Flashcards in Cancer Deck (60):
What is the Warburg effect?
Cancer cells predominantly produce ATP/energy through glycolysis rather than the TCA cycle, even in the presence of oxygen
What is the process of tumor cell mobility?
(1) Extend lamellipod
(2) Stress fibers pull on the cell
(3) Tail end moves forward
What are the only three screening tests that increase longevity?
(1) Pap smears
(3) Colorectal exams
What is the smallest size of tumor detectable on x-ray?
1 cm (1 billion cells, 30 divisions)
What are two categories of carcinomas and from what types of cells do they arise?
(1) Squamous cell carcinoma - cells of protective covering layers
(2) Adenocarcinomas - from cells lining ducts with secretory functions (glands)
From what types of cells do sarcomas arise?
Mesenchymal cells - bone, fat, blood vessels, muscle
What are three types of genes involved in cancer?
Apoptosis regulator genes
How are oncogenes activated?
(1) Viral invasion - a provirus is inserted into vicinity of a proto-oncogene or a transduced proto-oncogene is mutated and inserted into the cell
(2) Genetic rearrangements - chromosomal translocations, gene amplification, somatic mutation
What is a gene amplified in 28% of primary breast carcinomas?
Her-2/neu - epidermal growth factor (EGF) receptor
How can HER-2 be treated?
Herceptin, an antibody against HER-2
How does RAS mutation cause cancer?
(1) Mutation in RAS inhibits (2) GTPase activating protein, (3) preventing cleavage of GTP and (4) leading to over-transduction of growth signal to nucleus
What is the cause of Burkitt Lymphoma?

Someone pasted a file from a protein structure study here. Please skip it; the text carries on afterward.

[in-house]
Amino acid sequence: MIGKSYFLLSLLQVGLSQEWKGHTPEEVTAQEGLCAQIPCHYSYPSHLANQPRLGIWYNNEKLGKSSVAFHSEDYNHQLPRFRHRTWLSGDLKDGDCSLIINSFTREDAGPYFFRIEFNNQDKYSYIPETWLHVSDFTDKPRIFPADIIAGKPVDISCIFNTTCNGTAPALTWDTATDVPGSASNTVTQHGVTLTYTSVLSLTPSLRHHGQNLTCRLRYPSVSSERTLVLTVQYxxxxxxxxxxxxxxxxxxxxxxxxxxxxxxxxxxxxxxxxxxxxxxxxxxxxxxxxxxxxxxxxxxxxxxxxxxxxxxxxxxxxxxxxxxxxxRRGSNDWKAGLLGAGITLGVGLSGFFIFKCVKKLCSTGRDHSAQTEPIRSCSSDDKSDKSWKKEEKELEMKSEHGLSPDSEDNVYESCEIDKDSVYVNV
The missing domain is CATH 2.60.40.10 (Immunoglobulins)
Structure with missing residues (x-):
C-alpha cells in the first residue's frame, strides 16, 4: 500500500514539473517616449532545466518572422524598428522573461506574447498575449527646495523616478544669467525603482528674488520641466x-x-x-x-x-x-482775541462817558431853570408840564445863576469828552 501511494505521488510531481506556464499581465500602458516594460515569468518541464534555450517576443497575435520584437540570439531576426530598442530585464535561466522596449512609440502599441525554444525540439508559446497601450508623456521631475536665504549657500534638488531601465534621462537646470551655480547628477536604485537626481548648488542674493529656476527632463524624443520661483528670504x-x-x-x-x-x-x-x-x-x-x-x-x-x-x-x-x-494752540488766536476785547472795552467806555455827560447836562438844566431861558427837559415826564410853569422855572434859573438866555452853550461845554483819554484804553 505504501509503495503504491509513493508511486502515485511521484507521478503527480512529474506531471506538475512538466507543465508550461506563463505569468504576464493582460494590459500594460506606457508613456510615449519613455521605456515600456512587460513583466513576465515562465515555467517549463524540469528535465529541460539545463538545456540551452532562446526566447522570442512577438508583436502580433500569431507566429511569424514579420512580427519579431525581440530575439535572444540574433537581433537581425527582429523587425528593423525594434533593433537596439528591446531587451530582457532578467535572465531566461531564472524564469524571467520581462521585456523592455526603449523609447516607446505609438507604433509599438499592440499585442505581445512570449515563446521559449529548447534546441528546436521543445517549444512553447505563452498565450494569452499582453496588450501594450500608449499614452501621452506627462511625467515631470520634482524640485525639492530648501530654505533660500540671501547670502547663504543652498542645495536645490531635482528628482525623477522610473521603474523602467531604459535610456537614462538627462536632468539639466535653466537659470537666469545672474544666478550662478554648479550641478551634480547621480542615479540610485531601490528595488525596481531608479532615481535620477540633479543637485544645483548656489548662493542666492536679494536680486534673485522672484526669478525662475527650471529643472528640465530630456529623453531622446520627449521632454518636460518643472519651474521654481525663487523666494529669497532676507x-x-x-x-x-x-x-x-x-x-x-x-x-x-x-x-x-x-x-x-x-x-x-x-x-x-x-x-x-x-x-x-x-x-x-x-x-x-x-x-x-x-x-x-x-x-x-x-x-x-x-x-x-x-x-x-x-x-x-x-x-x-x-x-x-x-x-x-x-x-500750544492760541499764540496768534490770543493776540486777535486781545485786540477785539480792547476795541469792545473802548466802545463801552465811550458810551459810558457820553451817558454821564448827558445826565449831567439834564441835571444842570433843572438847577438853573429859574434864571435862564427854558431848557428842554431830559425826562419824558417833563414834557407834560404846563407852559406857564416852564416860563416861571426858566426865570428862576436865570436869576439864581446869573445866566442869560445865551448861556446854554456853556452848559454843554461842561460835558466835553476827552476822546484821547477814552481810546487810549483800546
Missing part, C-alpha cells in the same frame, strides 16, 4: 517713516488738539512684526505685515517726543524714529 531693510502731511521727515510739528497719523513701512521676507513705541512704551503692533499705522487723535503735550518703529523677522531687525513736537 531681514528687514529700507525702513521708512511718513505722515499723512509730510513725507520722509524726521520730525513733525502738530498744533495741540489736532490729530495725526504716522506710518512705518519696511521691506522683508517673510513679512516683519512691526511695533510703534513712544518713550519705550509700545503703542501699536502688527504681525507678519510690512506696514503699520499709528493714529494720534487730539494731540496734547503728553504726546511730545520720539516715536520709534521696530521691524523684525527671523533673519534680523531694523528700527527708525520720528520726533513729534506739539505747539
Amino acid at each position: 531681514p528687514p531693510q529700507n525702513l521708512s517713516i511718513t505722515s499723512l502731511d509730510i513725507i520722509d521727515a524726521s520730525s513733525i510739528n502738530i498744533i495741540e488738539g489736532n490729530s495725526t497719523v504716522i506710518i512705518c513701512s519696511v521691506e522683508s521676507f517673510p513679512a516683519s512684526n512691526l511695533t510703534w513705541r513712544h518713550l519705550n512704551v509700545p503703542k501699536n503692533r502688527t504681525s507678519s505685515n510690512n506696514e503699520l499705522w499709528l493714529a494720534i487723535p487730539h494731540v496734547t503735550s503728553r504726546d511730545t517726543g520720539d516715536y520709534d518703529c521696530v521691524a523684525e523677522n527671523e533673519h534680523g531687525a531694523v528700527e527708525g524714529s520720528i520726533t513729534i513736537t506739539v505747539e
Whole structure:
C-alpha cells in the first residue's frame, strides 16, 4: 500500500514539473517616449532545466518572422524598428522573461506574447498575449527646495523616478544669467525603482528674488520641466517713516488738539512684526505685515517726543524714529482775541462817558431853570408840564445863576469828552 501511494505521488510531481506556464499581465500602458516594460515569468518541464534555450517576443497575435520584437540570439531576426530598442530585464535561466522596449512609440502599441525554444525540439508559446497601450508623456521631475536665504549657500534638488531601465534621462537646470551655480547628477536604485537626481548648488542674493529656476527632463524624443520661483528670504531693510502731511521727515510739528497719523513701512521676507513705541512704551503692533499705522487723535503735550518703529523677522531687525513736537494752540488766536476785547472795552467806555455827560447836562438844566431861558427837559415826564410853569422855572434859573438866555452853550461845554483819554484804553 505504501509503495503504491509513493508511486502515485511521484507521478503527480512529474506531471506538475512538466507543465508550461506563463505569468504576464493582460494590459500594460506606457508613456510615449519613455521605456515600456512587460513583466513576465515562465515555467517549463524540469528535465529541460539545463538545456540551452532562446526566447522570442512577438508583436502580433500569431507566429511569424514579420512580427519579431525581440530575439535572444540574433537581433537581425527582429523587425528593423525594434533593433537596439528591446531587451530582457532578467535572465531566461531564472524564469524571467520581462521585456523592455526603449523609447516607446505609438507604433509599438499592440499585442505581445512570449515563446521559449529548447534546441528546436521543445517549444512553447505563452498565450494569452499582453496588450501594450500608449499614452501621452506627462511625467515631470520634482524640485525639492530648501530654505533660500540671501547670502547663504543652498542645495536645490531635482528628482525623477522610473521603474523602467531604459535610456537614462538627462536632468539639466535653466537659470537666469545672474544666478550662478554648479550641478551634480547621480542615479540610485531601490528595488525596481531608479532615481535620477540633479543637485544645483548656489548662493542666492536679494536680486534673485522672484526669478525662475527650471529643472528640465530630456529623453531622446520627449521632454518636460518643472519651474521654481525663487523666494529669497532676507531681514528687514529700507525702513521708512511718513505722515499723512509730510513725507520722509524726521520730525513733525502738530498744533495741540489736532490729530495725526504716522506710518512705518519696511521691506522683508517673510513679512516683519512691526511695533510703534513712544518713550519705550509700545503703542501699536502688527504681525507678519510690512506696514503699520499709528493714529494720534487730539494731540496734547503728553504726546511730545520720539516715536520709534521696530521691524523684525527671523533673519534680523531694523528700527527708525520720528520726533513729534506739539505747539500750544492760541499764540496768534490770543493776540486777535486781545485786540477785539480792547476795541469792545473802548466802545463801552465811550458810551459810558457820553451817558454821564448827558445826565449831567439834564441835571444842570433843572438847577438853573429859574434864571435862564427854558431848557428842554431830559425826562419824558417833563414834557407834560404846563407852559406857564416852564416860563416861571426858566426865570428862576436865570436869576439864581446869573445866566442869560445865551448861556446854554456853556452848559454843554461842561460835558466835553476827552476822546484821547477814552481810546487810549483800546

t(8;14) involving IgH and c-MYC, leading to overexpression of c-MYC
c-MYC on C8
IgH on c14
What is the cause of chronic myelogenous leukemia (CML)?
t(9;22) involving ABL and BCR, leading to overexpression of ABL, a tyrosine kinase, and activation of growth factor signaling pathways
ABL on C9
BCR on C22
What are three tumor suppressor genes?
What are two cancers associated with BRCA1?
How does mutation of RF cause cancer?
(1) Normal RF binds E2F, preventing transition from G1 to S phase
(2) Normal RF is phosphorylated by cyclin-dependent kinase 4 (CDK4), leading to release of E2F
(3) Mutated RF leads to constitutively free E2F, so no regulation of trnasition from G1 to S phase
What mutated gene and protein are associated with hereditary nonpolyposis colorectal cancer (HNPPC)?
(1) MSH 2 gene
(2) DNA mismatch repair (MMR) protein
What are the two types of acute leukemia?
(1) Acute myeloid leukemia (AML)
(2) Acute lymphoblastic leukemia (ALL)
What are the two types of chronic leukemia?
(1) Chronic myeloid leukemia (CML)
(2) Chronic lymphocytic leukemia (CLL)
What defines acute leukemia?
(1) >20% blasts in bone marrow, which (2) crowd out hematopoiesis
What are the cellular characteristics of acute leukemia seen under microscope?
(1) Large immature cell
(2) Little cytoplasm
(3) Large or punched out nucleolus
What age groups to AML and ALL affect?
ALL - L for little, affects children
AML - M for middle age, affects adults 50+
What are the cellular characteristics of acute myeloid leukemia seen under microscope?
Auer rods (aggregation of myeloperoxidase)
What are AML markers?
(1) MPO - myeloperoxidase
What are monocytic markers of AML?
Which cytogenetic risk group has the most favorable prognosis?
t(15;17) - produces PML-RAR in acute promyelocytic leukemia, arresting cells in promyelocyte stage
inv(16) and t(8;21) also good
What is acute megakaryoblastic leukemia associated with?
Down syndrome, with acute megakaryoblastic leukemia arising before age 5
What clinical presentation is associated with acute monocytic leukemia?
What happens in tumor lysis syndrome and how is it treated?
(1) High cell turnover leading to (2) elevated uric acid, (3) renal failure, (4) increased K, (5) increased phosphate, and (6) decrease in calcium